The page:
- The EESC considers the Social Imbalance Procedure (SIP) an opportunity to enhance the coordination of national efforts to improve their social governance and reduce social inequalities within a country and between Member States
- underlines that the SIP should be integrated into the European Semester, throughout its different phases
- calls on the Commission and the Member States to consider making existing rules for funds allocation (including the ESIF, RRF and others) more flexible.
The EESC proposes the following changes to the new proposals:
- lowering filing fees for SMEs and individual designers, perhaps charging them in proportion to their turnover;
- a more radical simplification of the design filing systems available, using the expertise of patent agents to come up with solutions.
- The EESC objects to the use of delegated acts to adopt rules on design disputes and appeals. These are matters which relate to the right to an effective remedy and to a fair trial, enshrined in the Charter of Fundamental Rights.
- The EESC recommends involving the EESC from the very beginning of the foresight process in future. Organised civil society can strengthen the EU's analysis and foresight capacities;
- a strategic foresight agenda geared towards a new development model that combines economic, environmental and social sustainability and puts people at the centre;
- setting out a clearer picture of the risks and scenarios should the desired objectives not be met, especially when it comes to the availability of raw materials, rare earth metals and water resources;
- looking into the following strategic policy areas in the 2023 annual foresight exercise.
- The EESC recommends striking a balance between the premature liquidation of companies, which can be very harmful, and starting proceedings too late, which will be useless;
- providing a harmonised definition of grounds for insolvency and the ranking of creditor claims, otherwise the proposal may not help reach its goal of closing gaps in the Capital Markets Union;
- revising Article 27, which would curtails entrepreneurial freedom by obliging counterparties to sign executory contracts, which would then assigned to the acquirer of the business without their consent.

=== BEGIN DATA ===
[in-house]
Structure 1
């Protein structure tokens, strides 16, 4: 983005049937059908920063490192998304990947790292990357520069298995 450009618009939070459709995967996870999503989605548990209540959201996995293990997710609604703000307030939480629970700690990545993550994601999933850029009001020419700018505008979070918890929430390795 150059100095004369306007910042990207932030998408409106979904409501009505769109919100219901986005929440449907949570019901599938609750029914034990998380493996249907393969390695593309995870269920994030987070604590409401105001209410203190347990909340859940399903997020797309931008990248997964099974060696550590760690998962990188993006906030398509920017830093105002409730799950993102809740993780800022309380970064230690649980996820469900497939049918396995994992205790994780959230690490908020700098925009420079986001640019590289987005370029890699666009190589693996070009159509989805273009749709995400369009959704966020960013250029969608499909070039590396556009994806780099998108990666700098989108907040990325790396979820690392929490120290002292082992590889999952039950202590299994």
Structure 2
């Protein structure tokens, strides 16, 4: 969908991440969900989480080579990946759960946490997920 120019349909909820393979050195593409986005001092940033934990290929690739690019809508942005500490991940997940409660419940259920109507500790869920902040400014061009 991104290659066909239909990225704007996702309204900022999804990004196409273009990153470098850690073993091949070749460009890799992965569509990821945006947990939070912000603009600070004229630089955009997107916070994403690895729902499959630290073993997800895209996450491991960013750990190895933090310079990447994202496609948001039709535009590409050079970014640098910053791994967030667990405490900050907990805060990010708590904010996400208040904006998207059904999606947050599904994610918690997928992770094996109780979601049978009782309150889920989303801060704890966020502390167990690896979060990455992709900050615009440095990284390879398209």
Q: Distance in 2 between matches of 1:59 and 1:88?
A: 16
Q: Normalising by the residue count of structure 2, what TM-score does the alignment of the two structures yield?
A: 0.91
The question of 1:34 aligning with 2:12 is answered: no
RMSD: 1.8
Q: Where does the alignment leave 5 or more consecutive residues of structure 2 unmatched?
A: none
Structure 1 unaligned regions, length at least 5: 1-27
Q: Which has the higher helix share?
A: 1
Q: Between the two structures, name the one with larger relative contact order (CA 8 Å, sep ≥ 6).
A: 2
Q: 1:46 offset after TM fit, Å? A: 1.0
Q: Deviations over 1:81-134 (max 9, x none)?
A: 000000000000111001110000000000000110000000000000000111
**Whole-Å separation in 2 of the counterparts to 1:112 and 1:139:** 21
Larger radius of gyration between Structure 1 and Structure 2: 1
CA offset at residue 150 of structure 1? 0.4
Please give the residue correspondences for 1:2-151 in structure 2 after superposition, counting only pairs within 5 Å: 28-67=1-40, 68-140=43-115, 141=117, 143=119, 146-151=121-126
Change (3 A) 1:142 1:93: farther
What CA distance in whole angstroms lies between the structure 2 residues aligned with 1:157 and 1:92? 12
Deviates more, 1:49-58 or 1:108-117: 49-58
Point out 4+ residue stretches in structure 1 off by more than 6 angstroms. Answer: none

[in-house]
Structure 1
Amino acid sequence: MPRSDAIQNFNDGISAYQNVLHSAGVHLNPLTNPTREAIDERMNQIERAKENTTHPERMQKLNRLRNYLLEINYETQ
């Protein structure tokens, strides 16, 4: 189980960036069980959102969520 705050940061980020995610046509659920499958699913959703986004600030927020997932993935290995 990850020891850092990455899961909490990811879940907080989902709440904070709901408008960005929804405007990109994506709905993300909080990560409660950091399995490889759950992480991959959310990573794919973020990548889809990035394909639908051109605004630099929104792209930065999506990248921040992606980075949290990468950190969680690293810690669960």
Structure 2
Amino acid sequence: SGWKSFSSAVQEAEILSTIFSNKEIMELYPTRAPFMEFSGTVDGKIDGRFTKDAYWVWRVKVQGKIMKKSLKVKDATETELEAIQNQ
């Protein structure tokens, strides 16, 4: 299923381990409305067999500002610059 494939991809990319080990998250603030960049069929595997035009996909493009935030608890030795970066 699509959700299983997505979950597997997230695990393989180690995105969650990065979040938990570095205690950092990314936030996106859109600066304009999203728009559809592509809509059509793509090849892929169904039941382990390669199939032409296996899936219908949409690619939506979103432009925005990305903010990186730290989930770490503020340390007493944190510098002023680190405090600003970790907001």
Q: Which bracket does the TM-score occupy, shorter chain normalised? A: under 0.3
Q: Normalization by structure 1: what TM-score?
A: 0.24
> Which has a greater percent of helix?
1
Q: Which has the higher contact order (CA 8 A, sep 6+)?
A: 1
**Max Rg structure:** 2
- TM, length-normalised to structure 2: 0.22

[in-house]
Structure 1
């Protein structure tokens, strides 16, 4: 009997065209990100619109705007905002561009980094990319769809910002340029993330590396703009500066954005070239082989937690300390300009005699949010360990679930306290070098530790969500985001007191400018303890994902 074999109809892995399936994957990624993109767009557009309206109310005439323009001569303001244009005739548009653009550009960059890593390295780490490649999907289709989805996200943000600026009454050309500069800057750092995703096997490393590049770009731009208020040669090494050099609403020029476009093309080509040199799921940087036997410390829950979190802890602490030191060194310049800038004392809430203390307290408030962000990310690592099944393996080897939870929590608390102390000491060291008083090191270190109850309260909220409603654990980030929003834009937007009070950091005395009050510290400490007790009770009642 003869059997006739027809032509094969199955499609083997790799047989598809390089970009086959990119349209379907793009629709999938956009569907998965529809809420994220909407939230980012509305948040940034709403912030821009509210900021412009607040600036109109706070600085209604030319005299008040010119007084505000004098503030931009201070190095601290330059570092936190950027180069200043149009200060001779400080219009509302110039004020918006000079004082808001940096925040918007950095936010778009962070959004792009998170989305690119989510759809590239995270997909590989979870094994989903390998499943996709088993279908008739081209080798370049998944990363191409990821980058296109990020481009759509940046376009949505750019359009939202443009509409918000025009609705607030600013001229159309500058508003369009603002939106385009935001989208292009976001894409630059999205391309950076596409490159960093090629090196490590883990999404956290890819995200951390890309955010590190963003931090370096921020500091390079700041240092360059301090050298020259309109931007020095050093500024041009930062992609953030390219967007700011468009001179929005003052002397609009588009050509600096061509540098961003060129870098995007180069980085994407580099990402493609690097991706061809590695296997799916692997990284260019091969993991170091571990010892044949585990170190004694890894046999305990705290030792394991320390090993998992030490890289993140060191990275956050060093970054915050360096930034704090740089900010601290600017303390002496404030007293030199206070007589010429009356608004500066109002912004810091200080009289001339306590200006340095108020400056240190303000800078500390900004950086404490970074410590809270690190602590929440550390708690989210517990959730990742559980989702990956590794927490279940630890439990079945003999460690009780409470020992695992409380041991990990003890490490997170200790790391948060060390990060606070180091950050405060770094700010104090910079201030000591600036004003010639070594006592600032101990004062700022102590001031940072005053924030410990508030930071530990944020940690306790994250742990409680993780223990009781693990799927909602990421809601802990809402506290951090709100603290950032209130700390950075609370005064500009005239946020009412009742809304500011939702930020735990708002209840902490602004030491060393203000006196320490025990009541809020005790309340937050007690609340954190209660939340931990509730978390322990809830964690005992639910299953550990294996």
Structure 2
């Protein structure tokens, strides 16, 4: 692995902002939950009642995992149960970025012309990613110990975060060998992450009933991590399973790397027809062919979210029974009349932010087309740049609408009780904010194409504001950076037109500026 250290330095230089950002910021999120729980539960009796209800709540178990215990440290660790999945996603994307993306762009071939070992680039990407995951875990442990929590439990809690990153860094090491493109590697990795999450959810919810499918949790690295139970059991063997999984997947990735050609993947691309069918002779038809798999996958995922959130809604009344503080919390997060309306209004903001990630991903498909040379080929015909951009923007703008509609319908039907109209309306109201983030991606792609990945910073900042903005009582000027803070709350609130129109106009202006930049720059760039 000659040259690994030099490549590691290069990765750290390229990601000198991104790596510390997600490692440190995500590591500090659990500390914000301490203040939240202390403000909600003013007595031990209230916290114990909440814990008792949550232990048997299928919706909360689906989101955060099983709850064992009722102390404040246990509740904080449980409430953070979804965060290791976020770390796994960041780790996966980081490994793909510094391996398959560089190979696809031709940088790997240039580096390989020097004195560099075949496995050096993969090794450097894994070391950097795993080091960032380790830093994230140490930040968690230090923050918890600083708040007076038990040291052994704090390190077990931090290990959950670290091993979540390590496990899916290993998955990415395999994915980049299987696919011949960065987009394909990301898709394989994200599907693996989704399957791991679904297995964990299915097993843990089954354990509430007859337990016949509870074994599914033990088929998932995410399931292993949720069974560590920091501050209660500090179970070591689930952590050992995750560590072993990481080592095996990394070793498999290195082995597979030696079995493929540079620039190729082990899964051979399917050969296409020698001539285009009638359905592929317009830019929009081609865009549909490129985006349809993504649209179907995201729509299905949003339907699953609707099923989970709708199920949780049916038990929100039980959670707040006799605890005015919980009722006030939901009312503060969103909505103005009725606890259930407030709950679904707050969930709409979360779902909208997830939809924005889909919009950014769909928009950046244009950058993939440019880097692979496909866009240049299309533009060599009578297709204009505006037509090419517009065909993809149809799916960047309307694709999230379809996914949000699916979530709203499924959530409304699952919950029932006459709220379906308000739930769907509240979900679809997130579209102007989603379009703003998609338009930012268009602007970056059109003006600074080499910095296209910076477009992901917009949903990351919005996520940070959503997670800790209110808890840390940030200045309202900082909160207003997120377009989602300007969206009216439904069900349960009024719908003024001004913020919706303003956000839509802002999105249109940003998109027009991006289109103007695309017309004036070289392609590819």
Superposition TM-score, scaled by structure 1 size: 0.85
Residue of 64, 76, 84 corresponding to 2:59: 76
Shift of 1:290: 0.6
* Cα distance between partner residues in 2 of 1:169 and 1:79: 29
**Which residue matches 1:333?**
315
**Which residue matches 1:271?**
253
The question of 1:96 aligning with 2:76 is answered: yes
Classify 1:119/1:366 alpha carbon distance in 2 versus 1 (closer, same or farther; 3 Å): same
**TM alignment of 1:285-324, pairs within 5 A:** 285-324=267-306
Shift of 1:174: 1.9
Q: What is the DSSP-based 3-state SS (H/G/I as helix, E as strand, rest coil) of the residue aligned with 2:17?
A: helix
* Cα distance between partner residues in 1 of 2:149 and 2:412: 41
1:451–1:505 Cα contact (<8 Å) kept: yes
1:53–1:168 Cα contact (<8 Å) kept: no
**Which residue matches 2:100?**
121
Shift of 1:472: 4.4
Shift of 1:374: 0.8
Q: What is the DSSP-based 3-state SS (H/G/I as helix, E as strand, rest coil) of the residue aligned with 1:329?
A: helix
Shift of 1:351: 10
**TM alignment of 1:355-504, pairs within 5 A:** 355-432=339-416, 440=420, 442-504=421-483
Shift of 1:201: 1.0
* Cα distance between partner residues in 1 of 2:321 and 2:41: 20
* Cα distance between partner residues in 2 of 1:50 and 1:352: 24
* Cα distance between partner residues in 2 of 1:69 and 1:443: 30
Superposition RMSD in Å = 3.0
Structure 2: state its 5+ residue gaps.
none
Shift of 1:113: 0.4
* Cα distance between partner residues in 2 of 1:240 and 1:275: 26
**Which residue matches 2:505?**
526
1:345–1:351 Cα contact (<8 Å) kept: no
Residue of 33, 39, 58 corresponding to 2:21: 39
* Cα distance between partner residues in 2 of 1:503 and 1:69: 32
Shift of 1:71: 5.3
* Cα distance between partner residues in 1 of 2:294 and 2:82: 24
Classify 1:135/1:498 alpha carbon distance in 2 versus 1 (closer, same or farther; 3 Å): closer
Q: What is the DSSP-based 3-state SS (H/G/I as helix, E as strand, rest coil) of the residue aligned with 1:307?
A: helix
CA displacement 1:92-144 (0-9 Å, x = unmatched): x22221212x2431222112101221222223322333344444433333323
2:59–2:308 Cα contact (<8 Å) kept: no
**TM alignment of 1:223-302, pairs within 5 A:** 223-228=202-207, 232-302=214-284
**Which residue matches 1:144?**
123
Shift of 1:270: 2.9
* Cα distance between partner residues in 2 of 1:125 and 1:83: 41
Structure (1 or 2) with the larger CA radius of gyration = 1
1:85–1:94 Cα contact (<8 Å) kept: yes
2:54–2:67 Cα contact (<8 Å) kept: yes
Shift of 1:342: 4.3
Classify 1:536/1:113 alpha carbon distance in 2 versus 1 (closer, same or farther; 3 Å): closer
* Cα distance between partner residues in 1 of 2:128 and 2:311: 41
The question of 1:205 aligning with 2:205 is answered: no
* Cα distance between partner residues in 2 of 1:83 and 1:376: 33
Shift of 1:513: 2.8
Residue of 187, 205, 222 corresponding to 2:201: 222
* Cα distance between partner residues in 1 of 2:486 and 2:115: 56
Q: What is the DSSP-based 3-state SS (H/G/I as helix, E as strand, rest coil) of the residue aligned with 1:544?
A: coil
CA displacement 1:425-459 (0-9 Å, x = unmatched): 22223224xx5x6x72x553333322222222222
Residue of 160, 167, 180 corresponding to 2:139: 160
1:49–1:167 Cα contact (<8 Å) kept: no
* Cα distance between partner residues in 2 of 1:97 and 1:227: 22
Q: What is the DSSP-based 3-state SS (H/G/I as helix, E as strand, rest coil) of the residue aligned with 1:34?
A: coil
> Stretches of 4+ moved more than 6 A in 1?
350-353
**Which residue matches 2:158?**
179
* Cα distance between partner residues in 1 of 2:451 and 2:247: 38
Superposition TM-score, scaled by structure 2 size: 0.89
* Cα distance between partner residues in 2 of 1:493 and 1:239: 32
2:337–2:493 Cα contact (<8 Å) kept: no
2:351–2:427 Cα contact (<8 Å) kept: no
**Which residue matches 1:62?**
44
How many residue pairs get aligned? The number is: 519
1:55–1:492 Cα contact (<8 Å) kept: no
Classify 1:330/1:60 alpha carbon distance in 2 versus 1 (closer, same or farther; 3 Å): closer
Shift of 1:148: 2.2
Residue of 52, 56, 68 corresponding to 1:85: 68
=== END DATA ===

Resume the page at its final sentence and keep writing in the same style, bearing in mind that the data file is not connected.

The EESC :
- warns against letting the move towards digital services do away with in-person services, which must remain available, in particular for vulnerable groups;
- urges against cutting back on staffing levels in public services, as is often the case with digitalisation. Keeping sufficient staffing levels is a prerequisite for a successful transformation;
- recommends making access to data subject to different levels of authorisation in order to safeguard data confidentiality and ensure that only data that is strictly necessary is disclosed.
The following weaknesses have been pinpointed as something to bear in mind when designing future programmes:
- SME involvement
- Rigidity and red tape
- Failure to close the gap between older and newer Member States.
In the opinion, the EESC:
- is pleased with the Commission's commitment to allot financial and human resources from EU funds to address wildlife trafficking;
- highlights the significance of implementing effective and discouraging measures against wildlife trafficking, suggesting that the current level of sanctions proposed by the Council under the Environmental Crime Directive is insufficient and must be increased;
- recommends the establishment of consistent structures in all Member States;
In the opinion, the European Economic and Social Committee (EESC)
- welcomes the communication from the European Commission regarding the fertiliser crisis and its impact on European farmers (higher costs), consumers (food price inflation) and industry workers;
- calls for both short-term and longer-term measures to limit the EU's dependence on imported mineral fertilisers, reduce the environmental impact of crop fertilisation and improve the functioning of the EU fertiliser market;
- welcomes the establishment of a new fertiliser market observatory in 2023 to ensure transparency in the EU fertiliser market;
In the opinion, the EESC:
- considers that the voluntary certification framework for carbon removals has the potential to incentivise removal efforts by providing clarity and reliability in measuring and verifying climate benefits;
- considers that questions regarding the integration of carbon removals in EU policies, their impact on emissions reduction and the risk of greenwashing need to be addressed;
- emphasises the importance of keeping the costs of measuring, reporting and verifying carbon removal activities low;
- The EESC raises concerns over the lack of mutual recognition of disabilities among EU Member States
- Recommends the implementation of an EU Disability Card by way of a new regulation
- Calls for the physical separation of the EU Disability Card and EU Parking Card to enhance accessibility